It’s odd that in other areas of life we make a fetish out of celebrating diversity, but some want to pretend as though gender differences are unimportant. Well, vive la difference, I say. And long live gendered pronouns!

  2. LOL if it’s important then it should be noted :) If I’m talking about people because they created something I like, it’s rarely relevant.
    And I did say that intimate encounters would be a place where people would care about the differences. :p
    Reading the book really did bring the issue home to me.

  3. great post and pics :)

  4. I have toyed with editing writings to alternate between male and female pronouns. Makes for confusing reading until your mind gives up and goes with it :)

  5. Not all language have gendered pronouns — Finnish, for example. Personally, when I write, I dodge the issue by using plurals whenever possible.

  6. there you go :)

  7. ediebeatscancer

     /  November 3, 2014

    How about we substitute the gender neutral “they” instead Seems simple enough and gets us out of the conundrum.

  8. They has been used as a neuter single pronoun for centuries, interestingly enough. I think it’s confusing for a lot of people, though.

    I tend to default to “she” when I’m unsure (consciously chosen, as a push back against he as default) unless I believe the individual is trans gender, in which case the cost for getting it wrong rises and I use they. I’m fond of xe and xir and the like, but I don’t think they’re broadly enough known to gain traction. One of the books I read used himmer and hisser, but it’s not my favorite configuration. When I created a language, I used sie and there wasn’t a gendered third person at all; this was ages before I ran into most of the thought about gender and pronouns.

    For a while one of the blogs I read did some work on trying to identify and unpack our implicit gendered ideas, and I play with it now and then in places where gender doesn’t seem to be obviously marked. I’m sometimes startled at my assumptions and how right/wrong they often are.

    Weirdly, I get irritated when people misgender me even now, but a chunk of that is because I don’t perceive myself as being particularly subtle in my gender markers. I also tend to read people off of gender markers, but those can be inaccurate as well, so I may need to rethink that end of things.

  9. Interestingly, Japanese genders the first person pronouns (which aren’t quite pronouns as they’re used in English) which allows both for subtleties in how people present themselves, and subversions where people use pronouns not meant for their gender.

  10. Japanese is very good for subtly (and not so) putting people in their place with pronouns/honorifics – I remember first learning the difference in french between tu and vous and then realizing the multiples thereof in Japanese.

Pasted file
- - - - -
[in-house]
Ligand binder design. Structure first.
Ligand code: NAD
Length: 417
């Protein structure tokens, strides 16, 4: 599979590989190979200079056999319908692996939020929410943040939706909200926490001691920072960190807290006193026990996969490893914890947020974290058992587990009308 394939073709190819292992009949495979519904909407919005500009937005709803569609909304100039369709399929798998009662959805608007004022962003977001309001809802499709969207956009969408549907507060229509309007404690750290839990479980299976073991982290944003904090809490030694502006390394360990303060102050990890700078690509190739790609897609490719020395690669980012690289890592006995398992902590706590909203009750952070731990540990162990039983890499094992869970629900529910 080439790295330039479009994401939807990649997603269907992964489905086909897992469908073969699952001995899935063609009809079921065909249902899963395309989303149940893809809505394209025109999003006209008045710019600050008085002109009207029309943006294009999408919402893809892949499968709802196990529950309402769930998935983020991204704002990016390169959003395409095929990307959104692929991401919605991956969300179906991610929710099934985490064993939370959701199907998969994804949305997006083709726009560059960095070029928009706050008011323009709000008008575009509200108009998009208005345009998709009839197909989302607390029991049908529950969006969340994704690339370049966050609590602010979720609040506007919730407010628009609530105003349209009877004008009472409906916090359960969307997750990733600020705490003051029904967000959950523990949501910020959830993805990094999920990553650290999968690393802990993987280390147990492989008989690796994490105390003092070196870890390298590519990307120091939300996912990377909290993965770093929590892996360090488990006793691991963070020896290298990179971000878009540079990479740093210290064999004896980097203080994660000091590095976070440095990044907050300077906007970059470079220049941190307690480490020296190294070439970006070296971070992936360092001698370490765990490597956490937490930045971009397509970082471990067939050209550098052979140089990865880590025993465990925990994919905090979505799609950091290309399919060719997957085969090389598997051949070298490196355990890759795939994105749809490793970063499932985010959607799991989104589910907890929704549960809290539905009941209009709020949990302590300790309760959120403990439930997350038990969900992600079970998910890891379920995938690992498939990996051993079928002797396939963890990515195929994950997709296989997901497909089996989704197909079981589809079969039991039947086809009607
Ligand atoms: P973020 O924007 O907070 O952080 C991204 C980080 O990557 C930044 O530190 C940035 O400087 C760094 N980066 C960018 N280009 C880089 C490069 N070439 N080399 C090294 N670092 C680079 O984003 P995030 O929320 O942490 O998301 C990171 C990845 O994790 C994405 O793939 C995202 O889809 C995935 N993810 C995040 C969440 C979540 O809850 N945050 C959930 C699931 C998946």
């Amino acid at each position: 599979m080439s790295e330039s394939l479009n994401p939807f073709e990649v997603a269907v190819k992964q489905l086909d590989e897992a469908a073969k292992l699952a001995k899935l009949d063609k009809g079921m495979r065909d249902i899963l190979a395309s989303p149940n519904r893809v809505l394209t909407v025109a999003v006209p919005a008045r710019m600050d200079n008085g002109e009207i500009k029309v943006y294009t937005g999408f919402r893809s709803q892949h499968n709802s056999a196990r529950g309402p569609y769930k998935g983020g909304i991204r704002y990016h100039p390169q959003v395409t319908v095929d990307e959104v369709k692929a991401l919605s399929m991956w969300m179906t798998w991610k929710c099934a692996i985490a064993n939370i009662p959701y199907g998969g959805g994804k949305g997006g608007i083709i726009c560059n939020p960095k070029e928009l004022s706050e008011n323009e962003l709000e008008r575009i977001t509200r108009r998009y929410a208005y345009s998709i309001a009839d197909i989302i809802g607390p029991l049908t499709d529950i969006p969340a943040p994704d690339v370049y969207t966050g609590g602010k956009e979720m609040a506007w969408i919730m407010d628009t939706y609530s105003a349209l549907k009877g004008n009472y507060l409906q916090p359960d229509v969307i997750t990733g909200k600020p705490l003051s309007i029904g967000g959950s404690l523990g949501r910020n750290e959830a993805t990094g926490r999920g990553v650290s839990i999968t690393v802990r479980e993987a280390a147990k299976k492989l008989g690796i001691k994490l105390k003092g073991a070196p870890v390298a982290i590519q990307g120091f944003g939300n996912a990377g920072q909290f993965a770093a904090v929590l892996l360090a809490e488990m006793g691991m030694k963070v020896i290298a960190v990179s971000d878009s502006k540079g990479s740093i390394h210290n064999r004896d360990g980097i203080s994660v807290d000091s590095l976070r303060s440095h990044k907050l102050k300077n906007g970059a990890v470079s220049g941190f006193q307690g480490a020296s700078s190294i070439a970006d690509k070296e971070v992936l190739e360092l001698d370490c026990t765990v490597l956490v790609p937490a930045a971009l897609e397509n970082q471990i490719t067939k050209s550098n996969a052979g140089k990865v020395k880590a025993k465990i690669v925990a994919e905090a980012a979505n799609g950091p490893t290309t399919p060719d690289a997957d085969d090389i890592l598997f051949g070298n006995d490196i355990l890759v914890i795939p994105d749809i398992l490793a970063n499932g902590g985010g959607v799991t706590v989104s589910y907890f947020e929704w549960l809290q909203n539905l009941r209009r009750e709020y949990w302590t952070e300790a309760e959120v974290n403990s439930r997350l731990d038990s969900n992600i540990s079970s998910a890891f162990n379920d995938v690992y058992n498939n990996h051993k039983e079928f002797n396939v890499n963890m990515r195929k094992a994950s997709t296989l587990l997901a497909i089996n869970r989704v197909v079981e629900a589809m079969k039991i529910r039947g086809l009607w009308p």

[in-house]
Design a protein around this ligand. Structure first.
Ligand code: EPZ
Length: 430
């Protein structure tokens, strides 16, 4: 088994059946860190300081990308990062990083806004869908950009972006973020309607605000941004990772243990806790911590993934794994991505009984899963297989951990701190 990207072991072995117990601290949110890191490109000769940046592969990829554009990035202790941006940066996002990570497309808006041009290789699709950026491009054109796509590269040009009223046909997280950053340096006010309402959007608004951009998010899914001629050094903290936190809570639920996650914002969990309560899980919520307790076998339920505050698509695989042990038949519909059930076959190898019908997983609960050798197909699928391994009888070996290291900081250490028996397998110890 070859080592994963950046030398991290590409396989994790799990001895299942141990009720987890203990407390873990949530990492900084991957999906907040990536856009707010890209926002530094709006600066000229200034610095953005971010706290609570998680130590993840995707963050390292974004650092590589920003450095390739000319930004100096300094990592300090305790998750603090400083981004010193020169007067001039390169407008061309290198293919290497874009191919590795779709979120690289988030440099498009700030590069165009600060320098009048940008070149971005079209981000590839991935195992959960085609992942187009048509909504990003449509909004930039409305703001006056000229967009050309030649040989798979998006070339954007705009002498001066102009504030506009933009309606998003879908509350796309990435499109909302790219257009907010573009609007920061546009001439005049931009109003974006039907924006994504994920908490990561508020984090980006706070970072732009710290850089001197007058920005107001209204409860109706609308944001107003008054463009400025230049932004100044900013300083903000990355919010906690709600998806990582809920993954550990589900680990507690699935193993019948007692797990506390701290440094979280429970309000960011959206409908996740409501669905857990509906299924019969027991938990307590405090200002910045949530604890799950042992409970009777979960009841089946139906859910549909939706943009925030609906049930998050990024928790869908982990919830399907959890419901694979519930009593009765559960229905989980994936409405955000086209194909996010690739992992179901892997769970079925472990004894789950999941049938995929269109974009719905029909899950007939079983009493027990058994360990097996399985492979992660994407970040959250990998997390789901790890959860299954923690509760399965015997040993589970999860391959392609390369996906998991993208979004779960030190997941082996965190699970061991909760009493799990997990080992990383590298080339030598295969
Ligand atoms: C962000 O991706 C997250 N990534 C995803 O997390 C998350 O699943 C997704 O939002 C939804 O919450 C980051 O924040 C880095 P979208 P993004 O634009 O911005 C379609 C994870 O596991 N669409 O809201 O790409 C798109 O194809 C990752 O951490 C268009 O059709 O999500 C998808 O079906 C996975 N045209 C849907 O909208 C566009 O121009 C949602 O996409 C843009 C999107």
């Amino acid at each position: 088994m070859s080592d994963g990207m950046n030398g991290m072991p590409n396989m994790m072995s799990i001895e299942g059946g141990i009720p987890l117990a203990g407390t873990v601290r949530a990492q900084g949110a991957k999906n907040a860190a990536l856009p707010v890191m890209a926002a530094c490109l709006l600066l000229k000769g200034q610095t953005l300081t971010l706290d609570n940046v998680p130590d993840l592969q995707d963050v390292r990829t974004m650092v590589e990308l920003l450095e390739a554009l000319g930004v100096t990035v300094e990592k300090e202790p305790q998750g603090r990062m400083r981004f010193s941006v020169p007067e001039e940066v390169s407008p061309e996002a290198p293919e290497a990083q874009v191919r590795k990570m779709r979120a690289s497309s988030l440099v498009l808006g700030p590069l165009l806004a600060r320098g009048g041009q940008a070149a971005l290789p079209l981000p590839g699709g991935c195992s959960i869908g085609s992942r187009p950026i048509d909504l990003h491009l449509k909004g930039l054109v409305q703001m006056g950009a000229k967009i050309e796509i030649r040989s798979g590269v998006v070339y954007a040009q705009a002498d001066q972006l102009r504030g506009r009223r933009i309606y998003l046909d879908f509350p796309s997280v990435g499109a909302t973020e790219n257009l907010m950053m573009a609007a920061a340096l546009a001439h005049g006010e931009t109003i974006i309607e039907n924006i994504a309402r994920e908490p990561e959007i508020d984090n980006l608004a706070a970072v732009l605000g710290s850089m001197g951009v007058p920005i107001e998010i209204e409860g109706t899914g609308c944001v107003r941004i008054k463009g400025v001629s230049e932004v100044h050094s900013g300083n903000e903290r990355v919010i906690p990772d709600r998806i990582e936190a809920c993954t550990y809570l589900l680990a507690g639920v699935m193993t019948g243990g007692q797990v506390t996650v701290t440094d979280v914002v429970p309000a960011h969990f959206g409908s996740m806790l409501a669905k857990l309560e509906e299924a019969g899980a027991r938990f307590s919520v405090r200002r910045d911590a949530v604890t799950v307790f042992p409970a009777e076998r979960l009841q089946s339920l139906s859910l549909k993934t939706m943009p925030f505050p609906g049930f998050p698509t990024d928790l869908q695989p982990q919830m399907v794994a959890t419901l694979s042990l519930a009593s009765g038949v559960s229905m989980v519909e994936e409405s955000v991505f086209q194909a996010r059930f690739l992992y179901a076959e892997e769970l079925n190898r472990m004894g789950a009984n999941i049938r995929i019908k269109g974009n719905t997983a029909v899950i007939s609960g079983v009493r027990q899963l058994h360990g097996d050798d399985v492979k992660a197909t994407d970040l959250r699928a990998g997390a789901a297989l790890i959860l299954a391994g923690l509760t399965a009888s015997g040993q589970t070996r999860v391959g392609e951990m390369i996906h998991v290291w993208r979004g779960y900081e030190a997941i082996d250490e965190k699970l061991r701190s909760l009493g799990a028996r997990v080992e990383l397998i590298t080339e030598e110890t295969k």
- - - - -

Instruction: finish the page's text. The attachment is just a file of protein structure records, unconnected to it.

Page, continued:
Also – I get “Sir”ed a lot in both lives, so I’m used to being misidentified :)

  11. A Couple of things to say. First of all, with virtual world avatars, a person is ALWAYS the gender they present to me in SL regardless if I know it is an alt of someone I know well of the other gender.. If they are androgynous on purpose, then they shouldn’t be offended by being seen either way, as that is how THEY set it up.

    Next, I’ll have to admit to being somewhat disappointed by Ancillary Justice. Maybe because there was as much hype about it as any sci fi book in recent memory. It did have a great setup and some excellent ideas regarding artificial intelligence and what constitutes a self as well as the gender issues you mention. That said, the ending was very disappointing as I started to realize this wasn’t written as a stand alone work but as part of a series, and this meant it really couldn’t go where it wanted to go, at least not until several more bestsellers have been made. So I see that as a very cynical choice. What is best about the greatest of the book series is that each book stands alone on its own. Like Dune for example. The first one is complete.

    -Scarp Godenot

  12. Joey1058

     /  November 7, 2014

    The first time I ran into the issue of gender neutrality was in a website called But it was not just male/female, but bio/mech as well. The preference in much of this site is “hir”, “zir”, “ze’, and the like. We live in an age where now people are dropping labels to more closely identify themselves with their avatars. Gender is a default world necessity. Digitally, not so much. It’s like the requirement of avatars needing surnames in SL. We need them, why, again?

  13. I love this post.

  1. Gender & Second Life | Second Life Destinat...